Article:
Steven Schwartz, Esq. Is In Trouble And He Blames CHAT GPT

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Why must it always be the Personal Injury Lawyers making headlines? In another new low, in Federal Court no less, it emerged that New York Attorney Steven A Schwartz, used ChatGPT to look for similar previous cases in a personal injury suit against Avianca, Inc. Airlines.  See the attached Affidavit from that case. It appears that none of the cases cited by Chat GPT were actual cases.  Rather, they were just plain old made up.

For my non-lawyer readers, this falls into the category of bad or ethical violation. How this will turn out for Mr. Schwartz remains to be seen. He does state that he has been an attorney for 30 years without a blemish on his record, so perhaps he will catch a break here. Nevertheless, lying to the Court or submitting plainly deceptive pleadings in Federal Court is like smuggling hashish into Burma or other locales where the penalty may be rather harsh. Doing so in State Court is similarly frowned upon, but may not bring the same level of outrage from the bench.

I have seen a lot of ethical violations in my time. Rarely, rarely have I ever seen real discipline. And, the cases where there is real discipline are ones that are pretty clear cut.

Here, the ethical violation is a failure of candor towards the tribunal. Basically, a lawyer cannot lie to the Court or make any sort of statement that he knows to be false. There is plenty of sloppy lawyering that I see that is not technically a failure of candor. For example, a lot of personal injury law is unchanged over the years and briefs get recycled on basic points. However, over time, cases get copied wrong or someone copies case law that does not apply. This, to me, is lazy, but not fully unethical. I must say that while I have cited the standard for summary judgment in multiple briefs, I have not read the summary judgment case law in a decade. The standard is so well accepted that it would seem a waste of time to read the cases. Am I citing something that I have not read? Yes. Did I get it from Chat GPT? No.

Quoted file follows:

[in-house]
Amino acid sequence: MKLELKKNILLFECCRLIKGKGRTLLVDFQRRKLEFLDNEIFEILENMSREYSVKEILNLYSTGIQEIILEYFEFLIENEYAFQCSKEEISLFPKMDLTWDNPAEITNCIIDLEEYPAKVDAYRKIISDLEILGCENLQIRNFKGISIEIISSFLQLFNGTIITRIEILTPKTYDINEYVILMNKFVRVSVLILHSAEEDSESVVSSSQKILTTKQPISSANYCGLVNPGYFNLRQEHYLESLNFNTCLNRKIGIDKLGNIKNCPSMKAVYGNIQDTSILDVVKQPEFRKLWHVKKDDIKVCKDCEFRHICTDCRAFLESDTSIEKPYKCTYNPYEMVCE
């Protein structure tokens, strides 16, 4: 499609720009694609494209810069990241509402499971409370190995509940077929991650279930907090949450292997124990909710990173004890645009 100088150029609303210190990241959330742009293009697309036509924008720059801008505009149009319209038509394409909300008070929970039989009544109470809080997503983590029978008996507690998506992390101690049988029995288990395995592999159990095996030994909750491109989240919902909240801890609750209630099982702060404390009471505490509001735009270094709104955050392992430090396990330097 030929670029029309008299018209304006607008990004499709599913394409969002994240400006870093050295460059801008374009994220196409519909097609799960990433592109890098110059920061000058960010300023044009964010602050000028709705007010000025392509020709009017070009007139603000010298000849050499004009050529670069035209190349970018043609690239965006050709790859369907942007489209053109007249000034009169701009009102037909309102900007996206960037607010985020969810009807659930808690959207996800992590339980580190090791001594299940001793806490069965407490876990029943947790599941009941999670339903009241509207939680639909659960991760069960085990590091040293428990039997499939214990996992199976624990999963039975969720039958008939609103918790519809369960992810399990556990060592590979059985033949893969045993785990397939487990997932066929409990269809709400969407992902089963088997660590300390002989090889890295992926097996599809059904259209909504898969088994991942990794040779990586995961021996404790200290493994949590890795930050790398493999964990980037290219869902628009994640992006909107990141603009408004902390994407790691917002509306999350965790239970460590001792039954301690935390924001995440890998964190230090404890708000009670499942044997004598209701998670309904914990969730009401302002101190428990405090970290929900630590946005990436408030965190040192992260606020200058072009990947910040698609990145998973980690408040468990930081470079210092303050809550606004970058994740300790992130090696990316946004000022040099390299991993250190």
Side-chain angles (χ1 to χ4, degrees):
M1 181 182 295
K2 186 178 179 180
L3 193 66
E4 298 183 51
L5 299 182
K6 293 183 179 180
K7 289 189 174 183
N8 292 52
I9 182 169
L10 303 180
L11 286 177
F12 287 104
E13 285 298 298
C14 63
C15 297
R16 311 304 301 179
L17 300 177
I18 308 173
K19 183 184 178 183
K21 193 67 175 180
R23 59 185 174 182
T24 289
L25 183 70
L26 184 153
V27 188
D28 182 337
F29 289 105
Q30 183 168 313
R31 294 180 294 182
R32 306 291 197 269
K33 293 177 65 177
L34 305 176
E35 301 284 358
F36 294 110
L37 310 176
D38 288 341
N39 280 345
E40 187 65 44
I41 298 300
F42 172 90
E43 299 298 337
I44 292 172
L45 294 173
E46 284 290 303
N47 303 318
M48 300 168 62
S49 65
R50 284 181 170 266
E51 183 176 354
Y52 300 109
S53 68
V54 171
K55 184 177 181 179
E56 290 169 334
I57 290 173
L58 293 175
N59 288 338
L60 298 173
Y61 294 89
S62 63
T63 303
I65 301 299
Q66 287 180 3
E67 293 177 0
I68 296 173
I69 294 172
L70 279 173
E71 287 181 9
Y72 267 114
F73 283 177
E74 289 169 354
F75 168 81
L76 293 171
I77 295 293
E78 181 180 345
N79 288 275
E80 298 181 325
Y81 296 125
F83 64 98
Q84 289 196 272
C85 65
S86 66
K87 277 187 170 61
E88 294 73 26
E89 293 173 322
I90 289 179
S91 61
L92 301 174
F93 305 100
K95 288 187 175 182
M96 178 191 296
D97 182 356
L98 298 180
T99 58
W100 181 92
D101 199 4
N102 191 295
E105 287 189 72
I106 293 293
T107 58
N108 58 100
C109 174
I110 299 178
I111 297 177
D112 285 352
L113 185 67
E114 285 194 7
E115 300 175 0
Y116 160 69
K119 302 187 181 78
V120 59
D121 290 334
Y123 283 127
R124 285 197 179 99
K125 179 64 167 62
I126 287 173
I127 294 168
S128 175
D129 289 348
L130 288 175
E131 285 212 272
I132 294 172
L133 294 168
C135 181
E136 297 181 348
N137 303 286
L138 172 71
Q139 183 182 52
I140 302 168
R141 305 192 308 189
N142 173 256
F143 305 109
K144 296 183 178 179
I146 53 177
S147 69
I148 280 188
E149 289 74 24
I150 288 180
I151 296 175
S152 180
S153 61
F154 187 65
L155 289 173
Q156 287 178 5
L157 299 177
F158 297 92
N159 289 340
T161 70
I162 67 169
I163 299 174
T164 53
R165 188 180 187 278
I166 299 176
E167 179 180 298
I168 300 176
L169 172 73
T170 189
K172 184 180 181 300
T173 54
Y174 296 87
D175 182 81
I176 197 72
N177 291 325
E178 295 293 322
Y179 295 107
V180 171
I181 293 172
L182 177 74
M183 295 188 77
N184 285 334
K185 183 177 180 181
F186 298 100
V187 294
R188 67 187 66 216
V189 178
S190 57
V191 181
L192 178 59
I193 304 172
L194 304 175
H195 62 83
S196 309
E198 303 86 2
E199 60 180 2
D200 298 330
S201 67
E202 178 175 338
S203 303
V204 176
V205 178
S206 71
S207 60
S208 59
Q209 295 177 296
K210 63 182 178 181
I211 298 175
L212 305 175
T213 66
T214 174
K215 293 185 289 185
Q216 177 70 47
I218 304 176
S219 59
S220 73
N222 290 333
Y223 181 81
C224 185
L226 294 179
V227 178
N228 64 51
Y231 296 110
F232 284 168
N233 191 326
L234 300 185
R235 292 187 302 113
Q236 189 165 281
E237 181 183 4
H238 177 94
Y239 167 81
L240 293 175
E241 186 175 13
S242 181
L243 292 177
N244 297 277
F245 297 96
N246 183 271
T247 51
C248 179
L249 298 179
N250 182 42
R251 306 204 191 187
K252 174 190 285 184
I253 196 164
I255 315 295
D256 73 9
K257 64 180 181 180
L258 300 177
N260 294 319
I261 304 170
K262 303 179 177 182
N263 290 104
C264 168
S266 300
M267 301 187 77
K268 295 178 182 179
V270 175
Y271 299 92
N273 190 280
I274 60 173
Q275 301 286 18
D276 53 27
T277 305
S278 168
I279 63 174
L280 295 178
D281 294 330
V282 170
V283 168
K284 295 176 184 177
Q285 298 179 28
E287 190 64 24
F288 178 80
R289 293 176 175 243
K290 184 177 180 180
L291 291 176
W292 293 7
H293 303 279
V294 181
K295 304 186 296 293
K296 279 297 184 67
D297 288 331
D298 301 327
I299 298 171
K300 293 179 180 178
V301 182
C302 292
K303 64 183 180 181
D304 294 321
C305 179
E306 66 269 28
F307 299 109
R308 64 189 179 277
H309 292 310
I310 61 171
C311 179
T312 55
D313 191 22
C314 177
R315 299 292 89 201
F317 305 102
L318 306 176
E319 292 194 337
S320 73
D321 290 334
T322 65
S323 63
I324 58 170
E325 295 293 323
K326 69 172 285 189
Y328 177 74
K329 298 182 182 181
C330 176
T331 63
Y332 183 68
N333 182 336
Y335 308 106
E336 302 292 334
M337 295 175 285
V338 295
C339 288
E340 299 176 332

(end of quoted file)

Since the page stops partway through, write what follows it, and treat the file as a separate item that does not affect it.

So, what is the difference. Well, it is a bit of a gray area I would say. I use lexis for my legal research. But, there are plenty of google searches or public legal research that may be reliable, but for this very reason, I rely upon lexis. I trust it and the community trusts it. We don’t yet trust Chat GPT.

The biggest Candor Towards the Tribunal violation that used to annoy me was when opposition lawyers would fail to cite cases in their briefs that were plainly contrary to their position. Now, I may fail to do that by accident, but that is just poor searching. Is that an ethical violation? I don’t think so, but I will look stupid and lose my argument if there is contrary caselaw that beats me.

The Chat GPT situation just doesn’t sit right because none of the cases the lawyer cited actually exist.  I ran a lexis search on two of them and they do not exist as far as I could tell.  Further, if you really want to get into the weeds, why is a lawyer citing caselaw in a New York case that is from all over the Country? No good reason for that. The one case that might really get the lawyer in trouble is the citation to a Second Circuit Court of Appeals case.  Why? Well, citing to the Second Circuit is like citing to the Judge’s boss or overseer. It suggests that there is reliable authority and one that must be followed.  In reality, the citation to the Second Circuit case actually brings you to a Third Circuit case, so it is just plain off base. Nevertheless, it is a little more nefarious and concerning.  Below is the Pennsylvania ethical rule.

Rule 3.3 – Candor Toward the Tribunal(a) A lawyer shall not knowingly:(1) make a false statement of material fact or law to a tribunal or fail to correct a false statement of material fact or law previously made to the tribunal by the lawyer;(2) fail to disclose to the tribunal legal authority in the controlling jurisdiction known to the lawyer to be directly adverse to the position of the client and not disclosed by opposing counsel; or(3) offer evidence that the lawyer knows to be false. If a lawyer, the lawyer’s client, or a witness called by the lawyer, has offered material evidence before a tribunal or in an ancillary proceeding conducted pursuant to a tribunal’s adjudicative authority, such as a deposition, and the lawyer comes to know of its falsity, the lawyer shall take reasonable remedial measures, including, if necessary, disclosure to the tribunal. A lawyer may refuse to offer evidence, other than the testimony of a defendant in a criminal matter, that the lawyer reasonably believes is false.(b) A lawyer who represents a client in an adjudicative proceeding and who knows that a person intends to engage, is engaging or has engaged in criminal or fraudulent conduct related to the proceeding shall take reasonable remedial measures, including, if necessary, disclosure to the tribunal.(c) The duties stated in paragraphs (a) and (b) continue to the conclusion of the proceeding, and apply even if compliance requires disclosure of information otherwise protected by Rule 1.6.(d) In an ex parte proceeding, a lawyer shall inform the tribunal of all material facts known to the lawyer that will enable the tribunal to make an informed decision, whether or not the facts are adverse.

Here is the affidavit: